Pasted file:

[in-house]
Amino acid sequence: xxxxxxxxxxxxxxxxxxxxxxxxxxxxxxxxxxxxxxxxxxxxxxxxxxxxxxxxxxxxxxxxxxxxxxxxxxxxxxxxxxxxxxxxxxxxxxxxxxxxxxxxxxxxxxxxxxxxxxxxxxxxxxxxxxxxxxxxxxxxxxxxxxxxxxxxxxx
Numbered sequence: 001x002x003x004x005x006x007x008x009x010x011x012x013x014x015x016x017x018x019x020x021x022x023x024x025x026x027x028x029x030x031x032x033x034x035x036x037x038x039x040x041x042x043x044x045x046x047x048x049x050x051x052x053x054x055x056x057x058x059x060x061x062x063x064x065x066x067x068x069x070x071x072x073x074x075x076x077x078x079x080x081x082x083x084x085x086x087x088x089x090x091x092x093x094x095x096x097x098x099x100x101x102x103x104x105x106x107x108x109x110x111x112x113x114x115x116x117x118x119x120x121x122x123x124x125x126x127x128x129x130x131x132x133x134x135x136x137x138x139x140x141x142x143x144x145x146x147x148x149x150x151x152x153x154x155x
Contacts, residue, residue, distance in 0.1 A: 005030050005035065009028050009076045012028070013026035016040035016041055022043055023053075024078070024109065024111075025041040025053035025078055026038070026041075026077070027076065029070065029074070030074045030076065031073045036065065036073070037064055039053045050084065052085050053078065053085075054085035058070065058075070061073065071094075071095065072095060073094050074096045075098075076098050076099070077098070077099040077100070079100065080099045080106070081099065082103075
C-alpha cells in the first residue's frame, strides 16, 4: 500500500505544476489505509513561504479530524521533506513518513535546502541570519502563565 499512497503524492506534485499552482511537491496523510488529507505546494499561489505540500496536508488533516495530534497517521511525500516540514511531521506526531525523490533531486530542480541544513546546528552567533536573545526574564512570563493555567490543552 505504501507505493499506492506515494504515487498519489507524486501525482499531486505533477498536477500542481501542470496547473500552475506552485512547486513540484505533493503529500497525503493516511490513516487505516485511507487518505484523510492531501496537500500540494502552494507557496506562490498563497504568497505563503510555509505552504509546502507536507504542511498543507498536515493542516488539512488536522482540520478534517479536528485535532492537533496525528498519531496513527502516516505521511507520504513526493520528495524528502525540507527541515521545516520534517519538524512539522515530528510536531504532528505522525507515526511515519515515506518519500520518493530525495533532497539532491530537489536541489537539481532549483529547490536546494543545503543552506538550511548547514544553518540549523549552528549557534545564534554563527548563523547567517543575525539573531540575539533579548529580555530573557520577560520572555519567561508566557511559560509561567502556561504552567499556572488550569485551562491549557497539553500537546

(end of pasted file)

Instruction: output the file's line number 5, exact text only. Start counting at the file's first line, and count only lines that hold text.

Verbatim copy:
C-alpha cells in the first residue's frame, strides 16, 4: 500500500505544476489505509513561504479530524521533506513518513535546502541570519502563565 499512497503524492506534485499552482511537491496523510488529507505546494499561489505540500496536508488533516495530534497517521511525500516540514511531521506526531525523490533531486530542480541544513546546528552567533536573545526574564512570563493555567490543552 505504501507505493499506492506515494504515487498519489507524486501525482499531486505533477498536477500542481501542470496547473500552475506552485512547486513540484505533493503529500497525503493516511490513516487505516485511507487518505484523510492531501496537500500540494502552494507557496506562490498563497504568497505563503510555509505552504509546502507536507504542511498543507498536515493542516488539512488536522482540520478534517479536528485535532492537533496525528498519531496513527502516516505521511507520504513526493520528495524528502525540507527541515521545516520534517519538524512539522515530528510536531504532528505522525507515526511515519515515506518519500520518493530525495533532497539532491530537489536541489537539481532549483529547490536546494543545503543552506538550511548547514544553518540549523549552528549557534545564534554563527548563523547567517543575525539573531540575539533579548529580555530573557520577560520572555519567561508566557511559560509561567502556561504552567499556572488550569485551562491549557497539553500537546